Concerns increase as police place cruiser in front of 1492 Land Back Lane prior to October 9 court date

Published by Brent Patterson on

Twitter photo by #1492LandBackLane.

Yesterday, CBC reporter Jorge Barrera tweeted: “The Ontario Provincial Police have now stationed a cruiser in front of 1492 Land Back Lane in Caledonia, Ont.”

Six Nations land defender Skyler Williams comments: “The threat to us and those that support us growing daily. 76 days of it. 60 days ago feels like yesterday when our people were shot at, tasered and beaten.”

One Dish One Mic further comments that police raid – on August 5 – took place “only two days before the key injunction court date on August 7th – as a way of making preparation for the court date impossible.”

It then asks: “Will the OPP attempt a second raid days before a crucial court date again?”

Toronto Star columnist Shree Paradkar has explained that crucial court date will be this coming Friday October 9.

Paradkar writes: “That’s the date of a court hearing when Skyler Williams, a Six Nations member, has to respond to a court injunction that named him as the sole defendant in the case brought by the developer. He was named based on his Facebook post that detailed police action on the land.”

And the Haldimand Press has further explained: “Williams said there are various court dates for groups of people who were arrested, starting on October 20. Meanwhile, the next court hearing on the injunctions, which are the court orders that specifically criminalize demonstrations on McKenzie Meadows and any blockades in the area, is set for October 9.”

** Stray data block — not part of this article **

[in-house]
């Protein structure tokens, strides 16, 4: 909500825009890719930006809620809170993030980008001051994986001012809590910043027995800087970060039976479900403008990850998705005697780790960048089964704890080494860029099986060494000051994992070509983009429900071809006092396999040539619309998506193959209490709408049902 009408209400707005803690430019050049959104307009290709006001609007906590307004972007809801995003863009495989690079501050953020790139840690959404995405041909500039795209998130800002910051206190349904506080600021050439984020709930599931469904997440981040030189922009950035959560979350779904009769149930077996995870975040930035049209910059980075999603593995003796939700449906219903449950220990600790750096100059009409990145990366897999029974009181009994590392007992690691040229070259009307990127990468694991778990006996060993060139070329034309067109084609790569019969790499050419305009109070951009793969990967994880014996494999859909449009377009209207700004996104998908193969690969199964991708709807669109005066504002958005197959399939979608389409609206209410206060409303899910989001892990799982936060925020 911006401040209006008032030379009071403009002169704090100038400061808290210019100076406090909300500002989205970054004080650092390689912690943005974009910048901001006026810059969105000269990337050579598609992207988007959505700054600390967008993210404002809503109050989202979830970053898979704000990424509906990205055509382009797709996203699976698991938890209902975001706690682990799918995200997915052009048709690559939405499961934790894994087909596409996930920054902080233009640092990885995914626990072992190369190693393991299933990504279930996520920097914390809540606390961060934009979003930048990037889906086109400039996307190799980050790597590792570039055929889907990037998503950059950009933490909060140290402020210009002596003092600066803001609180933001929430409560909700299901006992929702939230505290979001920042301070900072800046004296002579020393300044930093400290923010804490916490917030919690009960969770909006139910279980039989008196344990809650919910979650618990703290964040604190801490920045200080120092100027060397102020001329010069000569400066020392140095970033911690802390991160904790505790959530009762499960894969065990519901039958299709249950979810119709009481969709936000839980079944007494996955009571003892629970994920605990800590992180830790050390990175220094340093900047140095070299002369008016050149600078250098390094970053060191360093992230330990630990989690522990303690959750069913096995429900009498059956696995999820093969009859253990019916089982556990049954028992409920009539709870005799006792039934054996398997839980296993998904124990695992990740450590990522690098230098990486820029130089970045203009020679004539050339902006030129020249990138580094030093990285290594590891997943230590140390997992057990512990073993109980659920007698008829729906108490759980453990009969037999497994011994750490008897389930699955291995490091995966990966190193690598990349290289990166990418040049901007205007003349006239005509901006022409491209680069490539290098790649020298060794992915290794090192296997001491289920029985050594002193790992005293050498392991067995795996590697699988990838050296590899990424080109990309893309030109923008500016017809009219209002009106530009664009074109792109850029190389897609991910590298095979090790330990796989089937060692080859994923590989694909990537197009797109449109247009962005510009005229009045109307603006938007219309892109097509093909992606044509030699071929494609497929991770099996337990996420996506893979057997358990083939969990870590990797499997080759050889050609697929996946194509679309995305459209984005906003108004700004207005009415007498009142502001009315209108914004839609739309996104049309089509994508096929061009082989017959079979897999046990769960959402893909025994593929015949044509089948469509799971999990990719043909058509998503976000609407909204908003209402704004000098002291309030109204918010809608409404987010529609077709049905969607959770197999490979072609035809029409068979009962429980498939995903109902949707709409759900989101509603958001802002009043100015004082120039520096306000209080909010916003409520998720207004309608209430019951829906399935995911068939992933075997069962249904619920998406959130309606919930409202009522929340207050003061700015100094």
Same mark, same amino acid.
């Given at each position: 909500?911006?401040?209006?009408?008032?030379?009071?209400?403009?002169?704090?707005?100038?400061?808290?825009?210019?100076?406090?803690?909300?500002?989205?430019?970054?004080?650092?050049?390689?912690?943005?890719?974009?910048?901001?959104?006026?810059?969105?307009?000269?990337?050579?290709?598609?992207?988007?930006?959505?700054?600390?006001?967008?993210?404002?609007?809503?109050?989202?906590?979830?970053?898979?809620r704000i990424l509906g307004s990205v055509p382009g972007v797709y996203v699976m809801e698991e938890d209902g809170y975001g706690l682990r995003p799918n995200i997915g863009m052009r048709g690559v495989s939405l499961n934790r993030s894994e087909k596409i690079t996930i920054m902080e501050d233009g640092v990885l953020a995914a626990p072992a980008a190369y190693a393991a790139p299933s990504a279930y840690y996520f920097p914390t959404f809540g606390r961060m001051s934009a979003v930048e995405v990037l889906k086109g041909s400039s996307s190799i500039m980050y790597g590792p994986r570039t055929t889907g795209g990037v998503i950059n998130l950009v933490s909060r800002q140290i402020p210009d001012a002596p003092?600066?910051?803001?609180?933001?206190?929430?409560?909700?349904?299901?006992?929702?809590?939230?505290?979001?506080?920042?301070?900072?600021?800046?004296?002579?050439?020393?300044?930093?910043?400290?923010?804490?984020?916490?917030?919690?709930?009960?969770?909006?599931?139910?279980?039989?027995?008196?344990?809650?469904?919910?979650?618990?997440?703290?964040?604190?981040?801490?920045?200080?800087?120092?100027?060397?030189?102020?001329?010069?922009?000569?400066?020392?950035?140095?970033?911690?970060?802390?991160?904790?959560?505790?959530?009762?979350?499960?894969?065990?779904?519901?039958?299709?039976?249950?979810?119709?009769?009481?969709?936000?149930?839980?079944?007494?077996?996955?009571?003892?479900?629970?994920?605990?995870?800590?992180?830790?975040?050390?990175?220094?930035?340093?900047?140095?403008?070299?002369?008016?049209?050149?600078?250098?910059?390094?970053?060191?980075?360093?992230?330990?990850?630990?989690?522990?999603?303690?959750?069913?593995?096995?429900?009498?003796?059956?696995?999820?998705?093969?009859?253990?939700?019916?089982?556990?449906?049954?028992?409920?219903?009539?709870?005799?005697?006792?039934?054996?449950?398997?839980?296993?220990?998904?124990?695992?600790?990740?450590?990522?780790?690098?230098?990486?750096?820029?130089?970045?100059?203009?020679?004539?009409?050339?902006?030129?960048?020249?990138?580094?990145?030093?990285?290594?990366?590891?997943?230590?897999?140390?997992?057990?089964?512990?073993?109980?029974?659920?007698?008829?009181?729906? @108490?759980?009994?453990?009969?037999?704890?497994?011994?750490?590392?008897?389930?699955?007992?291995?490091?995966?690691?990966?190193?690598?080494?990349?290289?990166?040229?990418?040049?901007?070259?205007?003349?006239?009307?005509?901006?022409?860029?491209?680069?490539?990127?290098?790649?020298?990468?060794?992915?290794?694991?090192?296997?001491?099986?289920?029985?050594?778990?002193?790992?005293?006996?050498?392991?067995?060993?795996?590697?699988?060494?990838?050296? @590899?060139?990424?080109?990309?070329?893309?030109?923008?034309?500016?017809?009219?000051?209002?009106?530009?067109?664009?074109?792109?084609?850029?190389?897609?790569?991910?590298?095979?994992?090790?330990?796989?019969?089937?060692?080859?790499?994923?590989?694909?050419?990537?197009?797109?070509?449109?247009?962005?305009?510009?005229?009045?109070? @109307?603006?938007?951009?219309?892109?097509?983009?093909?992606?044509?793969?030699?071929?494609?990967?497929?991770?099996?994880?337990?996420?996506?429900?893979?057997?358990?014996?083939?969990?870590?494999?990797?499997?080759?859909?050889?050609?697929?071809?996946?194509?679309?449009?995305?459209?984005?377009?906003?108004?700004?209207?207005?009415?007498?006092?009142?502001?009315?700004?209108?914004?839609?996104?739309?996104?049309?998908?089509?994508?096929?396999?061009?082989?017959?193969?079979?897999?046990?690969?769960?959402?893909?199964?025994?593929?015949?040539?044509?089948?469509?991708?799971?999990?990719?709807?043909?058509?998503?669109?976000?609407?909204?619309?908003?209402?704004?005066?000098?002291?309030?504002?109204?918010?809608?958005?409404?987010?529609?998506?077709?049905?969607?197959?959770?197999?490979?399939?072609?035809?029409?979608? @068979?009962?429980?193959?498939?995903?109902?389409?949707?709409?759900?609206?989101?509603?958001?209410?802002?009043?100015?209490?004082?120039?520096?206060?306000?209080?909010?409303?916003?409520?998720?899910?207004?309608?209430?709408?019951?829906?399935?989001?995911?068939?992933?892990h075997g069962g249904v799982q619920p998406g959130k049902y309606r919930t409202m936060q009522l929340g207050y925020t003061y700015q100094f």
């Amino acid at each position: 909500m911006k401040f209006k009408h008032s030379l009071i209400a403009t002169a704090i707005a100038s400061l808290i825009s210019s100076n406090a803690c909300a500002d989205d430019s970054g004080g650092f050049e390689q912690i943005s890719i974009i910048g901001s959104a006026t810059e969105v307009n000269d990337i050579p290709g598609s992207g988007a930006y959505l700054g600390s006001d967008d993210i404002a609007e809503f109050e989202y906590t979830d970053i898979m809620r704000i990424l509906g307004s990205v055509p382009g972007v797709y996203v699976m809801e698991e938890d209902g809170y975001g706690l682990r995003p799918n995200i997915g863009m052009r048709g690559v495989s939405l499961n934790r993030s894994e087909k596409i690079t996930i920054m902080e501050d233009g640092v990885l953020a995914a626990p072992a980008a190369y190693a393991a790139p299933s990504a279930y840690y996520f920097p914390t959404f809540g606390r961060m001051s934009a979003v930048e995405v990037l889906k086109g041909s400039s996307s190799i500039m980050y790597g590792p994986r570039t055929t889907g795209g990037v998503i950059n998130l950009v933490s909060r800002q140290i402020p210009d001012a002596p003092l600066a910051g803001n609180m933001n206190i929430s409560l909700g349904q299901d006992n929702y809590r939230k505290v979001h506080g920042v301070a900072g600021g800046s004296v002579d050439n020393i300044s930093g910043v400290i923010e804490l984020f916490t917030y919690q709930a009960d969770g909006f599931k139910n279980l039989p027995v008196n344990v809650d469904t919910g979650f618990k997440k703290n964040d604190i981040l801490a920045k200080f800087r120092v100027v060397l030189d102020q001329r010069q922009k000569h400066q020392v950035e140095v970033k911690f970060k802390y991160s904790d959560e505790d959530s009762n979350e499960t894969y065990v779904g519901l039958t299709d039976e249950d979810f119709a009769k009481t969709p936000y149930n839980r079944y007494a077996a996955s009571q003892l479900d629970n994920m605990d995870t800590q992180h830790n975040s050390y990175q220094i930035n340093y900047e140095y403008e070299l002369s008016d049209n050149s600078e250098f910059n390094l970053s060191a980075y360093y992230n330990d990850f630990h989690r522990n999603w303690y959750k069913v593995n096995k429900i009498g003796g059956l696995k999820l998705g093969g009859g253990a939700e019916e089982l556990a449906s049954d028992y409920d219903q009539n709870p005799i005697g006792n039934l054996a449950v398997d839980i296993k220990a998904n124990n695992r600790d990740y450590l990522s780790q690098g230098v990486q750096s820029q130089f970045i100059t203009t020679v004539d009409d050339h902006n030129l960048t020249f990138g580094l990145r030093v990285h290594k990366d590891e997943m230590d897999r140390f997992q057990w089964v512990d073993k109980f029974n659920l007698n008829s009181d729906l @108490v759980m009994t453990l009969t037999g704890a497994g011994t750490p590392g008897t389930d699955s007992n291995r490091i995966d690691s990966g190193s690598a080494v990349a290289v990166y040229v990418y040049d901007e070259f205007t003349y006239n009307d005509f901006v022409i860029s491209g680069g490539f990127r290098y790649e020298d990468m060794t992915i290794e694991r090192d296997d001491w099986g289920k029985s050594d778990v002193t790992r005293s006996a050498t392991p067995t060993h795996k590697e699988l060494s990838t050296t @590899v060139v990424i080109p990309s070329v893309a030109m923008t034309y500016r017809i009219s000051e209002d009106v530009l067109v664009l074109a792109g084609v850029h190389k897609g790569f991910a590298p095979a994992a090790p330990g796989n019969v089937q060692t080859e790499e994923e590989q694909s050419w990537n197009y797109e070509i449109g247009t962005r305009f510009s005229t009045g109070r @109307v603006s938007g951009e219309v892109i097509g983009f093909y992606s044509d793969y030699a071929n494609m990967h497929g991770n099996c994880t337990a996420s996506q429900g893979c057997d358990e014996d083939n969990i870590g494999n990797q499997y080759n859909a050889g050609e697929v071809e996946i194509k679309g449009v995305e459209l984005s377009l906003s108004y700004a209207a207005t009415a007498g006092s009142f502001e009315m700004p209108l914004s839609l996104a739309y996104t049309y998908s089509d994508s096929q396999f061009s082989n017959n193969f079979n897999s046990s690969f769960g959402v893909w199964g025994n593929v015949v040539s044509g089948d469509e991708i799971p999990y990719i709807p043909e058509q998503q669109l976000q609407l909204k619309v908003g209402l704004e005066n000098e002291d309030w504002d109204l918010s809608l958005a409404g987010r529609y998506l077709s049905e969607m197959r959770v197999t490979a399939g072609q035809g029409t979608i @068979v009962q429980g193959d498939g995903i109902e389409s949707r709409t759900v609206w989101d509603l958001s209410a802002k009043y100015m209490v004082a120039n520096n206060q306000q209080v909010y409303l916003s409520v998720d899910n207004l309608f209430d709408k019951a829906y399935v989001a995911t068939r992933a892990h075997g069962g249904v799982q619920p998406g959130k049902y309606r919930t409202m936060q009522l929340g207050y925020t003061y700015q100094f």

The OPP also contacted Williams on September 29 informing him that there was a warrant for his arrest for disobeying a court injunction.

In her article Injunctions as a Tool of Colonialism, lawyer Kate Gunn writes: “It will be critical for courts to carefully consider how to ensure that injunctions are not reduced to a means to advance economic interests [in this case, a 1,000-unit housing development] over the protection of constitutional rights and the expression of Indigenous law [including the occupation of ancestral lands, a right that flows from title].”

The land being occupied by Six Nations land defenders is part of the Haldimand Tract that was granted in 1784 to the Six Nations of the Grand River who form the Haudenosaunee Confederacy.

The Haudenosaunee Confederacy Chiefs Council has not granted its consent for the construction of the housing development on these territories.

The Chiefs have also thanked the land defenders for “taking peaceful steps to protect and save the land for our future generations, who will have nowhere to live and prosper if the settler population continues to unlawfully encroach upon our lands.”

1492 Land Back Lane has set up this Legal Fund to assist with their legal costs. For the latest updates, see #1492LandBackLane on Twitter.

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